Frequent Boyle collaborator John Hodge has penned the screenplay for ‘T2 Trainspotting’, and obviously has fun with looking back on the past, when Renton and his friends had their whole lives ahead of them and, with their “Choose Life” mantra, believed they were more enlightened and evolved than the rest of the world. It is interesting to see what has happened to the characters over the years between the films – Renton is an accountant at a small business but knows this, as well as his marriage, will not last. Begbie is in prison, Sick Boy is extorting money from anyone he can, and Spud has never managed to get out of the trap of being a junkie, not for long anyway – but almost too much of the film is spent trying to tie these strands together before the real story can get underway. In this way, ‘T2 Trainspotting’ is rather similar to ‘Trainspotting’, while took a while to get moving as well. There is a fascination with nostalgia in the film that works for characters who never really managed to move on and get their lives together, and it gives Spud something to do until the main story figures out where he fits. The dialogue is strong, and the characters endearing, but a stronger story overall, and less focus on trying to make the characters fit in Edinburgh again would have made for a stronger film.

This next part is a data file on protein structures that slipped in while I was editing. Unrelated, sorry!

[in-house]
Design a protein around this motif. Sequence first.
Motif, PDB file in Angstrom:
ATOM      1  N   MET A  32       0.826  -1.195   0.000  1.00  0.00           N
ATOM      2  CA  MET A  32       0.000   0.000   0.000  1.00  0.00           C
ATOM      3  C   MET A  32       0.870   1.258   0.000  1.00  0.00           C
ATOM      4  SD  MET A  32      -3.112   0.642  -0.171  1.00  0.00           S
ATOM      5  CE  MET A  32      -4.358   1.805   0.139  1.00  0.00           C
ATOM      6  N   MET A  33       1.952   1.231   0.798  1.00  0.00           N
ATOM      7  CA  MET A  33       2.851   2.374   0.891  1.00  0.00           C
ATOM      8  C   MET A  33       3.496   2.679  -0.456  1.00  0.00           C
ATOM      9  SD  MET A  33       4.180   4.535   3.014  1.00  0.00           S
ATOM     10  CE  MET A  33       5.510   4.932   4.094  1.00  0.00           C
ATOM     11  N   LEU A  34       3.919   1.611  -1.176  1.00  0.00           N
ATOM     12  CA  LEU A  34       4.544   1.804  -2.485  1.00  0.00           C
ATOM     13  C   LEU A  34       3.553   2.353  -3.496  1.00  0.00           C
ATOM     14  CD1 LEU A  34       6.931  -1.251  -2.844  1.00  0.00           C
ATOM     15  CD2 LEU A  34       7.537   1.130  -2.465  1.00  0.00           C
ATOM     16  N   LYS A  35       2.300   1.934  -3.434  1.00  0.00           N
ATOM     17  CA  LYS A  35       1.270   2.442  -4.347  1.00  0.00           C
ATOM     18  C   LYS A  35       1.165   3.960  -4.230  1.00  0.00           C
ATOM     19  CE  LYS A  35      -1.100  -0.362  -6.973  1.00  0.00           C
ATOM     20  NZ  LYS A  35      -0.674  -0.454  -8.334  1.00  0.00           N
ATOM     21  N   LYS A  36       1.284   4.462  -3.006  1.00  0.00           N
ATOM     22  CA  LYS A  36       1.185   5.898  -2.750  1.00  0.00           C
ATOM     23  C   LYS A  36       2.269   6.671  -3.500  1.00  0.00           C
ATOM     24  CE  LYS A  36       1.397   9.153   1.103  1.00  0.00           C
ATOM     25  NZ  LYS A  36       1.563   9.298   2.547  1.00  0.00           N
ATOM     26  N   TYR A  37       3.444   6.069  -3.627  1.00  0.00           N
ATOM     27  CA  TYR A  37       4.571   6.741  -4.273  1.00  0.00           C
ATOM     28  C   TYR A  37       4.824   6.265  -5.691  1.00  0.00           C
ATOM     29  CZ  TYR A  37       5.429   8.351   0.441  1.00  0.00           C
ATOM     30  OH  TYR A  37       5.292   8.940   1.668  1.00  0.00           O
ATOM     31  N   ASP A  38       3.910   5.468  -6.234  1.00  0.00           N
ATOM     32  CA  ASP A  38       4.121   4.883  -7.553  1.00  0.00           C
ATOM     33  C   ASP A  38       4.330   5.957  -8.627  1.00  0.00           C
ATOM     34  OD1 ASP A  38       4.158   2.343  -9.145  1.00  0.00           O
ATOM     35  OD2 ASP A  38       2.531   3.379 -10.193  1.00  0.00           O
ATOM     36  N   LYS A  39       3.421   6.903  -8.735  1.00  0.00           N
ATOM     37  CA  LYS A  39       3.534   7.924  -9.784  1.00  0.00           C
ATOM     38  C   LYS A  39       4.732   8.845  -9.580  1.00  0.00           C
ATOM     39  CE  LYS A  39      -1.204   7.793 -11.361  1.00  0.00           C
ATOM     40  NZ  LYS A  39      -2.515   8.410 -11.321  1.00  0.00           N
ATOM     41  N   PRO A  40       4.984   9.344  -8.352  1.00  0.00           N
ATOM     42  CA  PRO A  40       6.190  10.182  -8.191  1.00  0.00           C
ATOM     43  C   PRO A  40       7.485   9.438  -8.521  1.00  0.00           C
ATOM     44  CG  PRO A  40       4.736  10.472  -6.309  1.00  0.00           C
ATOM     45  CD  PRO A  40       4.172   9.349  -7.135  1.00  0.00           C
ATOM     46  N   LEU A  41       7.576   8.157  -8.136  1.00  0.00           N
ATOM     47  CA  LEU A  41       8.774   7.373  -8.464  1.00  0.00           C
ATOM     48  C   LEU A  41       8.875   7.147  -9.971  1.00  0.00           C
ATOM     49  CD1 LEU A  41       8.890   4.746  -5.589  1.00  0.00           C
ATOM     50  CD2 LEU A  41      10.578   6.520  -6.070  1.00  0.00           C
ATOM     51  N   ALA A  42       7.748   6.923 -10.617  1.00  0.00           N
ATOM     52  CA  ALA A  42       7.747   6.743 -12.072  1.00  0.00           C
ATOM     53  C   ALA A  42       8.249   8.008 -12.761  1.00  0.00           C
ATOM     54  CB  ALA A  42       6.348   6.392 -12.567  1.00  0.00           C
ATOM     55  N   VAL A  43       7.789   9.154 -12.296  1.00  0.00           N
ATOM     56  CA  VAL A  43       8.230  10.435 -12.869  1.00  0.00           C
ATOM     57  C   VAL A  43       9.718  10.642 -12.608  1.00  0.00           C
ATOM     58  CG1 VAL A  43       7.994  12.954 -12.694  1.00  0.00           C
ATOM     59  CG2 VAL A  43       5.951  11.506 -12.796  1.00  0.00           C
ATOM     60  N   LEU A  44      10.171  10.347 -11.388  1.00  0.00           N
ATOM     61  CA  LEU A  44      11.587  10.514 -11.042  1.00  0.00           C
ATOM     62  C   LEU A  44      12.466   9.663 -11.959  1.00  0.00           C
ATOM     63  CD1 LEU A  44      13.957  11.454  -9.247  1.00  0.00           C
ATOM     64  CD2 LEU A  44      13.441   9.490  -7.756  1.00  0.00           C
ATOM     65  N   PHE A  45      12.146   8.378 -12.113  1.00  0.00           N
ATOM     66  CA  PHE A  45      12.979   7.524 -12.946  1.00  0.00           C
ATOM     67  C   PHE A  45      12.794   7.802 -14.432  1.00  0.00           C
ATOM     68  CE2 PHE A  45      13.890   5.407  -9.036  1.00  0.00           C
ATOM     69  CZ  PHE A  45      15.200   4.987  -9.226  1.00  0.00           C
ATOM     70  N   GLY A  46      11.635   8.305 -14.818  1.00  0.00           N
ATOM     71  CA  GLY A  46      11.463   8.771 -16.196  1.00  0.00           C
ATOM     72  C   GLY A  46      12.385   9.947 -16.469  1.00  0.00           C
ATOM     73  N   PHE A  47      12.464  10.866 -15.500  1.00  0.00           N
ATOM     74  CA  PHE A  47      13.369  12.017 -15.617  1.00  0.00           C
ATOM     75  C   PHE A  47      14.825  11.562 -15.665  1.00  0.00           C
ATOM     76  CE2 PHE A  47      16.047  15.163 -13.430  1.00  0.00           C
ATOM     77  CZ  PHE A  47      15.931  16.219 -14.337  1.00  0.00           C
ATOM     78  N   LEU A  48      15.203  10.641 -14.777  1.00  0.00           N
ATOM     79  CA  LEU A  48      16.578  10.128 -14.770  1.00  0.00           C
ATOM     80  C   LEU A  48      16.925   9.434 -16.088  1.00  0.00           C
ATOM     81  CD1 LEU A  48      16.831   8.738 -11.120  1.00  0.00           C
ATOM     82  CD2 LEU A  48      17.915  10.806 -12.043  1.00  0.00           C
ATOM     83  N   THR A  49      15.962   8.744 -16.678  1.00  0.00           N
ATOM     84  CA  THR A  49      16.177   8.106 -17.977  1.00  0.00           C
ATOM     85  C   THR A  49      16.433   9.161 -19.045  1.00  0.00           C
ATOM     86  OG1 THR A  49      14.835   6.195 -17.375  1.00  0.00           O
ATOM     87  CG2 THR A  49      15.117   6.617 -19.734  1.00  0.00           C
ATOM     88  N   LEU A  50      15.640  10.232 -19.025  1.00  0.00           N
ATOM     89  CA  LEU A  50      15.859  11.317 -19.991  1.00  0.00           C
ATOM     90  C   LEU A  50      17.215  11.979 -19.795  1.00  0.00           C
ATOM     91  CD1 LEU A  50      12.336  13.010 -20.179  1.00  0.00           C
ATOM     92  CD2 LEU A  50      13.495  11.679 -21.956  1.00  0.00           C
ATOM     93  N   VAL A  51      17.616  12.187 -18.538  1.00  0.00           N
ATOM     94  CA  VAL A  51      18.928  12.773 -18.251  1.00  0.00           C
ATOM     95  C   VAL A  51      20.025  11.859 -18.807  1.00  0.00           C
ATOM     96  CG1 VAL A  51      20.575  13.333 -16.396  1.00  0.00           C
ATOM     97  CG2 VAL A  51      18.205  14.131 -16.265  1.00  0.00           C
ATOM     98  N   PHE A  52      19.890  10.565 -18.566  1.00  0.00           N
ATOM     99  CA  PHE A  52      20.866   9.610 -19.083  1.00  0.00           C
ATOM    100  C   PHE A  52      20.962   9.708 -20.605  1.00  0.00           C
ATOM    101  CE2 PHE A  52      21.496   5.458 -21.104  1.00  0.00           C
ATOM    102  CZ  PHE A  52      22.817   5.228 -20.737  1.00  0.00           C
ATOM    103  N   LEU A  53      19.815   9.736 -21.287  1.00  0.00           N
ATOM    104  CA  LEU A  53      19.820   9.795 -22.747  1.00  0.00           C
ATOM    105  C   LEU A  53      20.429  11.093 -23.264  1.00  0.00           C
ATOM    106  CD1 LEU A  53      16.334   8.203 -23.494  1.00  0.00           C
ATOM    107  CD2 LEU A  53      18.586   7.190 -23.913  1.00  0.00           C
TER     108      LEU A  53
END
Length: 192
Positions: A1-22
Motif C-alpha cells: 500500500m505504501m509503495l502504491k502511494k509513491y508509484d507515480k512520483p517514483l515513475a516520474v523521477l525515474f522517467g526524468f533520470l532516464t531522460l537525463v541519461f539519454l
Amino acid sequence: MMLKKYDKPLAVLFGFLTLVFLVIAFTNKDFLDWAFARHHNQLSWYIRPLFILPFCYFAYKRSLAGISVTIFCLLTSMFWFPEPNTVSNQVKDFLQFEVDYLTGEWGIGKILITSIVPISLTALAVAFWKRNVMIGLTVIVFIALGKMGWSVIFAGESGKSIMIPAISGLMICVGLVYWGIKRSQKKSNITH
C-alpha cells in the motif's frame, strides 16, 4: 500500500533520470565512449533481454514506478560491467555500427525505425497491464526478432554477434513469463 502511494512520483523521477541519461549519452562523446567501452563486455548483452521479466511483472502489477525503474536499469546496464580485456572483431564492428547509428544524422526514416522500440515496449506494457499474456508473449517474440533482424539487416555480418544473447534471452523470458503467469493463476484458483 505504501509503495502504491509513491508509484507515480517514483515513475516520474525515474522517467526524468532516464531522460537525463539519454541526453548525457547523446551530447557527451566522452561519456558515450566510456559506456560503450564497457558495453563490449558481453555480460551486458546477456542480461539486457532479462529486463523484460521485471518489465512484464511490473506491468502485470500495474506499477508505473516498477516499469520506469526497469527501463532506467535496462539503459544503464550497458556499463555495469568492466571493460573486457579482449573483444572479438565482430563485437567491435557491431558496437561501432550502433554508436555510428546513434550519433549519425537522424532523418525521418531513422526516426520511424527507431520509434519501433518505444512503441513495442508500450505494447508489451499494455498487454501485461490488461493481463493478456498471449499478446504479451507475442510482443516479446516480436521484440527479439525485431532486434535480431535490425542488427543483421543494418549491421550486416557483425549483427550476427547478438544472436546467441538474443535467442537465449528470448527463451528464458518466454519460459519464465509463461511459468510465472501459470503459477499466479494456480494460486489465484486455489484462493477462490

As director Danny Boyle brings the actors back to their characters of the past. Few of them seem to have moved on at all, and it is easy for them to fall back into old rhythms with old friends. Nostalgia tints the entire film, and Boyle obviously has fun with throwing in clips from the first film to tie everything together, but while this is a strength of the film, there are times when this becomes almost too much for ‘T2 Trainspotting’ to take on and still move forward with a new story in its own right. The soundtrack to the film is a lot of fun, however, as are some of the visual touches in the film, which feel old fashioned, but in the right way.